CHAP. 77.—SEVENTEEN REMEDIES DERIVED FROM THE BACCHAR.
ONE REMEDY DERIVED FROM THE COMBRETUM.
The bacchar that is used in medicine is by some of our
writers called the "perpressa." It is very useful for the stings
of serpents, head-ache and burning heats in the head, and
for defluxions of the eyes. It is applied topically for swellings
of the mamillæ after delivery, as also incipient fistulas1
eyes, and erysipelas; the smell of it induces sleep. It is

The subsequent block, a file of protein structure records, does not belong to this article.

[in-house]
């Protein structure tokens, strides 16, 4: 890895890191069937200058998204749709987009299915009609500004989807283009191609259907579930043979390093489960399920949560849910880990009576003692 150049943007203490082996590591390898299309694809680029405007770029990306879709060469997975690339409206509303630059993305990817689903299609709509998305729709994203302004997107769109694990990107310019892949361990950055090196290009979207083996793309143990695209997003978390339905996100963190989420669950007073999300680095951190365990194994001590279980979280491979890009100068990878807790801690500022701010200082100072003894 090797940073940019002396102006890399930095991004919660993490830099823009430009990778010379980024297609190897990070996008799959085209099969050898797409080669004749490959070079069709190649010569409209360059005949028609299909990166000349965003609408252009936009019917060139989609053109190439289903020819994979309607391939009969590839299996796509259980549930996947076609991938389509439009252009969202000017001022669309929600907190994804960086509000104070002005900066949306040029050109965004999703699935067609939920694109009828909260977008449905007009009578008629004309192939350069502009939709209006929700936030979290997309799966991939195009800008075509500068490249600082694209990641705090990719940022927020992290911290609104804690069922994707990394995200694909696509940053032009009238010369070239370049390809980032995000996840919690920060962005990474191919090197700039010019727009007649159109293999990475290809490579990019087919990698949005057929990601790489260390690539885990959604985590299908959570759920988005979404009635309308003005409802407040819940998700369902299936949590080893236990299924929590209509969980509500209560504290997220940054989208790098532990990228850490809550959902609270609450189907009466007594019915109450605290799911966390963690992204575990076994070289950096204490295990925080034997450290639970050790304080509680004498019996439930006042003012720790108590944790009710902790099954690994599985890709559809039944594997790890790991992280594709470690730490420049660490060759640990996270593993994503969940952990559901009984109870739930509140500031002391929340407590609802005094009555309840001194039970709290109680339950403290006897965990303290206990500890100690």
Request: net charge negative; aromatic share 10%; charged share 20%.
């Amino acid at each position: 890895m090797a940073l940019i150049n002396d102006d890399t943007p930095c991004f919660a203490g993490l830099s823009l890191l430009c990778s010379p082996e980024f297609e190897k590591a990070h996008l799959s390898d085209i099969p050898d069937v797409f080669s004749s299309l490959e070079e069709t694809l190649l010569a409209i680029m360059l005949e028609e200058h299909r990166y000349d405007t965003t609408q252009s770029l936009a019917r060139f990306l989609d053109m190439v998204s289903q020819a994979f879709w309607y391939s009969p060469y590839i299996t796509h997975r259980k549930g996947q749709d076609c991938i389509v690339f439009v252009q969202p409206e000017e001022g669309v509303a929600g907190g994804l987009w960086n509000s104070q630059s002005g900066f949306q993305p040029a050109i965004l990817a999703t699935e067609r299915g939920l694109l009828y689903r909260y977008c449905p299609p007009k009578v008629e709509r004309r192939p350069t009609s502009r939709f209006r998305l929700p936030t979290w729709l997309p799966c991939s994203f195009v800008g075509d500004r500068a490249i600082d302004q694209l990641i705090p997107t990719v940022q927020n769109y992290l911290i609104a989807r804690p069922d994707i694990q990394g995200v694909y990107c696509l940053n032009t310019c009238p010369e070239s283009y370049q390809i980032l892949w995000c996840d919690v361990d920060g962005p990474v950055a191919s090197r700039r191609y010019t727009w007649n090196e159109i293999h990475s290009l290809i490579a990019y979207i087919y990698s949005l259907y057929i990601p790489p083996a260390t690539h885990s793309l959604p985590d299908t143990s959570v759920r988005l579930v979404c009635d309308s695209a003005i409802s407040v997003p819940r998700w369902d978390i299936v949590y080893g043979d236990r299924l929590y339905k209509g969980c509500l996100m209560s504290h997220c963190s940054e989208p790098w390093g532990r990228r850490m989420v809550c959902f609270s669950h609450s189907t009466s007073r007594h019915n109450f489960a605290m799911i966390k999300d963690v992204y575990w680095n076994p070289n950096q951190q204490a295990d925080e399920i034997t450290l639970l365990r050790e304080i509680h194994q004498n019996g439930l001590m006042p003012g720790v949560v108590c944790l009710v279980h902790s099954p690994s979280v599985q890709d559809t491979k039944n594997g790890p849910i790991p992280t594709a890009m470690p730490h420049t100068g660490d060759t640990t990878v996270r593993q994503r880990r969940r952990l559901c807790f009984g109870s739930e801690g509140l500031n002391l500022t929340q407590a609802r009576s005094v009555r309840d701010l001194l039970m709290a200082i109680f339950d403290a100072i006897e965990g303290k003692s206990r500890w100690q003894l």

found very beneficial to administer a decoction of the root for
spasms, falls with violence, convulsions, and asthma. For an
inveterate cough, three or four roots of this plant are boiled
down to one-third; this decoction acting also as a purgative
for women after miscarriage, and removing stitch in the side,
and calculi of the bladder. Drying powders2
are prepared also from this plant; and it is laid among garments for the smell.3
The combretum which we have spoken4
of as resembling the bacchar, beaten up with axle-grease, is a
marvellous cure for wounds.